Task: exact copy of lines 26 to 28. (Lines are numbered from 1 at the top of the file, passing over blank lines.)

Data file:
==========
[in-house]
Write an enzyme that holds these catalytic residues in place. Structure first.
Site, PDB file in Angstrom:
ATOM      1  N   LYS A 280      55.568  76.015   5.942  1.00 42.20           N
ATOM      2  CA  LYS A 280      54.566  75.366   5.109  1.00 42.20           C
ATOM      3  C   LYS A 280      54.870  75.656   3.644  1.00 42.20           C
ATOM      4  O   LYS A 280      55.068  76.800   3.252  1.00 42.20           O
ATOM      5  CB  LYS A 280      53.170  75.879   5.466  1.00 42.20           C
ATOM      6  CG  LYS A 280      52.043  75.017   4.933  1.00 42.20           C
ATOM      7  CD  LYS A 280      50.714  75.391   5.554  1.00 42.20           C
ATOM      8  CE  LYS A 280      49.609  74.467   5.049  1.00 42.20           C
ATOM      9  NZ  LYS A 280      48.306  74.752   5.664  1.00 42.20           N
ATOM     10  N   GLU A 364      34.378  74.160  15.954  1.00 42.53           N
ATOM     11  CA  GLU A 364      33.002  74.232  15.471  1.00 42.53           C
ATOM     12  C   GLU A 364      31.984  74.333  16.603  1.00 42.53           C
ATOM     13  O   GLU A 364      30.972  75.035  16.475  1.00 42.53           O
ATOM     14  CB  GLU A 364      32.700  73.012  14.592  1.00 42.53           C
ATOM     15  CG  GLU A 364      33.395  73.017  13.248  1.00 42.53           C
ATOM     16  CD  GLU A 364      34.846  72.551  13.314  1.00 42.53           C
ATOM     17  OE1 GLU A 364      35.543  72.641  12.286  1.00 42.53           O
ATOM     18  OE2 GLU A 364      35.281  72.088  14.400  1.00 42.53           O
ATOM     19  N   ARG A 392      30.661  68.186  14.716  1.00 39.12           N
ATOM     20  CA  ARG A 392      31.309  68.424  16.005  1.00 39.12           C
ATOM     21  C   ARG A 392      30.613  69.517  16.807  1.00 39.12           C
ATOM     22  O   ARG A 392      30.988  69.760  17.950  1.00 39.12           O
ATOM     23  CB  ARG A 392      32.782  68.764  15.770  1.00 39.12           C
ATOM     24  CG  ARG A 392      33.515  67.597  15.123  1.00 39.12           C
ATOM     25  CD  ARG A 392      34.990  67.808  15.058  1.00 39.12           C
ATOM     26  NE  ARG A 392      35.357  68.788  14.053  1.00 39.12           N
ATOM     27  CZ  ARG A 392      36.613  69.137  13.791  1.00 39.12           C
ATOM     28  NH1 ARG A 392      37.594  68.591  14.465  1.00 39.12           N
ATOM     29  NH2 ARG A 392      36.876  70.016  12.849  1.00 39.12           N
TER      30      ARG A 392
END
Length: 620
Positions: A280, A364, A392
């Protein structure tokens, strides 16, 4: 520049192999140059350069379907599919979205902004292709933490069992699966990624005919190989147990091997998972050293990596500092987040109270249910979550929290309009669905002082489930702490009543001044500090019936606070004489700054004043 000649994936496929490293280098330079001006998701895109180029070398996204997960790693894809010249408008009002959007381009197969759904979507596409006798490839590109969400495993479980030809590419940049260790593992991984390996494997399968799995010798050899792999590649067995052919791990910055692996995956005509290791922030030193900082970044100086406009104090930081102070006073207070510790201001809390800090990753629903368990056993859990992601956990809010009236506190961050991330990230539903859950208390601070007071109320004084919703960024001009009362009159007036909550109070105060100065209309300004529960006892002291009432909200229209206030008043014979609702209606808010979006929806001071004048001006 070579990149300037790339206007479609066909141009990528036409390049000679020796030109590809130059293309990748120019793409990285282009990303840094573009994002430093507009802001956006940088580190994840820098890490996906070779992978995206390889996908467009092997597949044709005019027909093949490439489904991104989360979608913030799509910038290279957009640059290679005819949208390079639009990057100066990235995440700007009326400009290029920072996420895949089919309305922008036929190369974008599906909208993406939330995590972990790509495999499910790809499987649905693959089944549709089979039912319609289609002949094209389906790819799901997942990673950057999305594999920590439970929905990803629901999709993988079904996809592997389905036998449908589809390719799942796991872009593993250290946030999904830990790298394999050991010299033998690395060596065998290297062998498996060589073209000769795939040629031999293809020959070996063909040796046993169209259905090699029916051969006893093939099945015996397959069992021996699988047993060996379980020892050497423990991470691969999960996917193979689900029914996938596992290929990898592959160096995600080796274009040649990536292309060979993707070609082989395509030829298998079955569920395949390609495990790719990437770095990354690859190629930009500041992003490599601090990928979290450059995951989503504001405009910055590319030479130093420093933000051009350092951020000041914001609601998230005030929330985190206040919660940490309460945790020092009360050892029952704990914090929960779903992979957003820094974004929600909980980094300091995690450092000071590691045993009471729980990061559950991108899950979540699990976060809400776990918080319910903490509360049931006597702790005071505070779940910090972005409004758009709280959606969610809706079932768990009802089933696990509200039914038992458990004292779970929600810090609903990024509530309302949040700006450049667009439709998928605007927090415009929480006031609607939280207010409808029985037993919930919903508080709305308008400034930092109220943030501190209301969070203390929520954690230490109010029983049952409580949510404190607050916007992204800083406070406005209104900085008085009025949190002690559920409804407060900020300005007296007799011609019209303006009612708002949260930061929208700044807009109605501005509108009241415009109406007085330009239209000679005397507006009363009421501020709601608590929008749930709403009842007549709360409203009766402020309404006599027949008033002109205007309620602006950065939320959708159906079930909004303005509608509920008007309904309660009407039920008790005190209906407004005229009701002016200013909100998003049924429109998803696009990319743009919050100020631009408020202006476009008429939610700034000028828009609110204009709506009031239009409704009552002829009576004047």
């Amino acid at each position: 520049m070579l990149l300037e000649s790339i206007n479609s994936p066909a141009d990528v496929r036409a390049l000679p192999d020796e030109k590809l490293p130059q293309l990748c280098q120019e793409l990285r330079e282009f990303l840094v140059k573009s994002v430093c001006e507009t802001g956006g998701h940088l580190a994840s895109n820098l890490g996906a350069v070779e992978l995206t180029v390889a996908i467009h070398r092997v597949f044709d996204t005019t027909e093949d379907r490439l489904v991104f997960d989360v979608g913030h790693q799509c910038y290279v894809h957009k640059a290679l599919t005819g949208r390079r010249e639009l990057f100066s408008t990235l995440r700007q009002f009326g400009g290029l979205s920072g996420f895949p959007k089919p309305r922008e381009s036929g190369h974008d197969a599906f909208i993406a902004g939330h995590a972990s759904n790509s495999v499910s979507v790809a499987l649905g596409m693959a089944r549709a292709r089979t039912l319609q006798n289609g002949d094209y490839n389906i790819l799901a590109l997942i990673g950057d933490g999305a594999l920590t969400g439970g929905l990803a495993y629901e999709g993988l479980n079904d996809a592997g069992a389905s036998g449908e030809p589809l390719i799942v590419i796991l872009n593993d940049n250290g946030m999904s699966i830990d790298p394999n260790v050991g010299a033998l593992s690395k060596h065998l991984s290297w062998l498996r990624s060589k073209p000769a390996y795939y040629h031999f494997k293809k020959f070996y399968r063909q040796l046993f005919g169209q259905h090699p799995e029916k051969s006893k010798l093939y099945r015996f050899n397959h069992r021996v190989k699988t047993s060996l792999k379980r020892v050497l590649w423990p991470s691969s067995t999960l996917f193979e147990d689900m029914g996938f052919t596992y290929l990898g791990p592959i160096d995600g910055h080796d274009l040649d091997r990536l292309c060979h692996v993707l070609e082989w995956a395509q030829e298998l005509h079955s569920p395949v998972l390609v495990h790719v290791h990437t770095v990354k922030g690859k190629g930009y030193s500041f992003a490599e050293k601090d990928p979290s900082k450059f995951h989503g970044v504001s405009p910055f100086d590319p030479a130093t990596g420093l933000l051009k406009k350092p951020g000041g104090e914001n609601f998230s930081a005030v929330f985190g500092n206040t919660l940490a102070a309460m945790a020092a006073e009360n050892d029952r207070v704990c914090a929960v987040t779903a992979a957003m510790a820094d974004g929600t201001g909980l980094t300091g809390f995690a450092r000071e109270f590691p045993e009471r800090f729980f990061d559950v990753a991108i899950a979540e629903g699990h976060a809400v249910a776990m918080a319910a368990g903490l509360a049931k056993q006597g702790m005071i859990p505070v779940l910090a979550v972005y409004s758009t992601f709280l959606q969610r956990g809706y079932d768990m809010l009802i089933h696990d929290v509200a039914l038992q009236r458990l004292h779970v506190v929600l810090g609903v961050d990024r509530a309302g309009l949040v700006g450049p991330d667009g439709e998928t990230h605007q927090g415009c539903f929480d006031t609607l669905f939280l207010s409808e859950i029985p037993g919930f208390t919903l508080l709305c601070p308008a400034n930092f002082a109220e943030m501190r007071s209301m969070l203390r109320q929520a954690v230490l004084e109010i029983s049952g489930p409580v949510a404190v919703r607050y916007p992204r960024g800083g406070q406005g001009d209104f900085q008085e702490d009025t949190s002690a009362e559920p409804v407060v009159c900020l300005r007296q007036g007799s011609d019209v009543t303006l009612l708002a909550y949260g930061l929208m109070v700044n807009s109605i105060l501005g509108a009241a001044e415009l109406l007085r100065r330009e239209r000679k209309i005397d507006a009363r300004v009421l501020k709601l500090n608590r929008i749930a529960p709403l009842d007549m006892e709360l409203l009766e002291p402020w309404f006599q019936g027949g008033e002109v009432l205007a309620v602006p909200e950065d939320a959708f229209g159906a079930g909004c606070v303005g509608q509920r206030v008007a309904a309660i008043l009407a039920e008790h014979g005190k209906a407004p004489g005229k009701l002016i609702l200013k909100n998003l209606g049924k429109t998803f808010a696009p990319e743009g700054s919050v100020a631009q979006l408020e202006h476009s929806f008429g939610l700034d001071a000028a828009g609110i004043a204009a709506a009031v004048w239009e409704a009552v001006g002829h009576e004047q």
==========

ATOM     23  CB  ARG A 392      32.782  68.764  15.770  1.00 39.12           C
ATOM     24  CG  ARG A 392      33.515  67.597  15.123  1.00 39.12           C
ATOM     25  CD  ARG A 392      34.990  67.808  15.058  1.00 39.12           C